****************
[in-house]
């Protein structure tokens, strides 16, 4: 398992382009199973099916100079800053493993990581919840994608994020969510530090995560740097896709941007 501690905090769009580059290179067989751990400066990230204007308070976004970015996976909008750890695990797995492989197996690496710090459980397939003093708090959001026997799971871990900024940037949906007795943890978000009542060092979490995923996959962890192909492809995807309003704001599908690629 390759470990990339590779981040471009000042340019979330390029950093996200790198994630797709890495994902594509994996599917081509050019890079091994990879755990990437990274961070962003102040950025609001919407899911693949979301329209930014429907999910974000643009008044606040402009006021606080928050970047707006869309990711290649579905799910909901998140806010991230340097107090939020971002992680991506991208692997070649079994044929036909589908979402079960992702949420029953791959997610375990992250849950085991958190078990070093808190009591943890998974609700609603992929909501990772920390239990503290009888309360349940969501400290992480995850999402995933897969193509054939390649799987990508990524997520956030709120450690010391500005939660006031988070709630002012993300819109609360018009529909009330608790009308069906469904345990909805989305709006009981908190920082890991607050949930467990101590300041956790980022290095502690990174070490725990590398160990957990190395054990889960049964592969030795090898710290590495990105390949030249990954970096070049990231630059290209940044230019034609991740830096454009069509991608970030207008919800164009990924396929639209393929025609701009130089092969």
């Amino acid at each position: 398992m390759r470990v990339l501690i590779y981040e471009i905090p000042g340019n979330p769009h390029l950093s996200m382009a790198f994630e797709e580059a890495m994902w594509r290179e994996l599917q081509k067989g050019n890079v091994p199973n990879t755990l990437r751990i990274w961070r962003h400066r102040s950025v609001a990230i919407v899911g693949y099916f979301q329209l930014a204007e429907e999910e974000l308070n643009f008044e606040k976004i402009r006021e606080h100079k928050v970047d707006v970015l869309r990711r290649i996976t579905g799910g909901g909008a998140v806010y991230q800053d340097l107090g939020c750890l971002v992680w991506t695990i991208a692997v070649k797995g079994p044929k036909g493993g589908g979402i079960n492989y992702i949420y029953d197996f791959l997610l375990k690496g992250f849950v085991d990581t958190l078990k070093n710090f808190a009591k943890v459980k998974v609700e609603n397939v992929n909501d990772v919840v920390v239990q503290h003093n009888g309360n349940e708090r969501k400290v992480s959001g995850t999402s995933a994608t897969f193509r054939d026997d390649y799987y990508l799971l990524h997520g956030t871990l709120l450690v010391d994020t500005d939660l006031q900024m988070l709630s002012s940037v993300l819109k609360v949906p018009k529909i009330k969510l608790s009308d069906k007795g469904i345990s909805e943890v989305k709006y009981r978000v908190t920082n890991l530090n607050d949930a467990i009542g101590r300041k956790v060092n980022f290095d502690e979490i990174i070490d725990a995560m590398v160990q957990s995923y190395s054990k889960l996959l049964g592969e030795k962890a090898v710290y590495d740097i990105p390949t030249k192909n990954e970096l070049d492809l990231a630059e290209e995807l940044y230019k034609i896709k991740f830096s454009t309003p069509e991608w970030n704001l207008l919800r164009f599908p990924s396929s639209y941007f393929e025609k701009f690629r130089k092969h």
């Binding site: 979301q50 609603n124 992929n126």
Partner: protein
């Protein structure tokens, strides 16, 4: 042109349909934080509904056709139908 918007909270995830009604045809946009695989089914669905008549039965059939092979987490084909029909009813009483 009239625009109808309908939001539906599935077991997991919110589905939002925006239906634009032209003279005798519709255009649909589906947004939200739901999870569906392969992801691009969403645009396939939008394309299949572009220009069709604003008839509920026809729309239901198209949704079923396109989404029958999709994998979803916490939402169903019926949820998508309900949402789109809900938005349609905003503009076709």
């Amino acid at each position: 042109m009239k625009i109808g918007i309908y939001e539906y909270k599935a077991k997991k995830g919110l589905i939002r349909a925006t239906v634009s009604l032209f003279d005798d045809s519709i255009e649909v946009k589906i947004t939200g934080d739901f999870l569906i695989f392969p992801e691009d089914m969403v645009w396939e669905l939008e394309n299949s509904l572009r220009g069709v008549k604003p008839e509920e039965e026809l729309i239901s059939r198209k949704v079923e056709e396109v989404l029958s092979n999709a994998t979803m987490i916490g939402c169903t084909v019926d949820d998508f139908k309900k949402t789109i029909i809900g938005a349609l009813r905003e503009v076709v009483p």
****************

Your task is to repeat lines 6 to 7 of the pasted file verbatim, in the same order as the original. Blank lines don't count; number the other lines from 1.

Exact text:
């Protein structure tokens, strides 16, 4: 042109349909934080509904056709139908 918007909270995830009604045809946009695989089914669905008549039965059939092979987490084909029909009813009483 009239625009109808309908939001539906599935077991997991919110589905939002925006239906634009032209003279005798519709255009649909589906947004939200739901999870569906392969992801691009969403645009396939939008394309299949572009220009069709604003008839509920026809729309239901198209949704079923396109989404029958999709994998979803916490939402169903019926949820998508309900949402789109809900938005349609905003503009076709």
């Amino acid at each position: 042109m009239k625009i109808g918007i309908y939001e539906y909270k599935a077991k997991k995830g919110l589905i939002r349909a925006t239906v634009s009604l032209f003279d005798d045809s519709i255009e649909v946009k589906i947004t939200g934080d739901f999870l569906i695989f392969p992801e691009d089914m969403v645009w396939e669905l939008e394309n299949s509904l572009r220009g069709v008549k604003p008839e509920e039965e026809l729309i239901s059939r198209k949704v079923e056709e396109v989404l029958s092979n999709a994998t979803m987490i916490g939402c169903t084909v019926d949820d998508f139908k309900k949402t789109i029909i809900g938005a349609l009813r905003e503009v076709v009483p």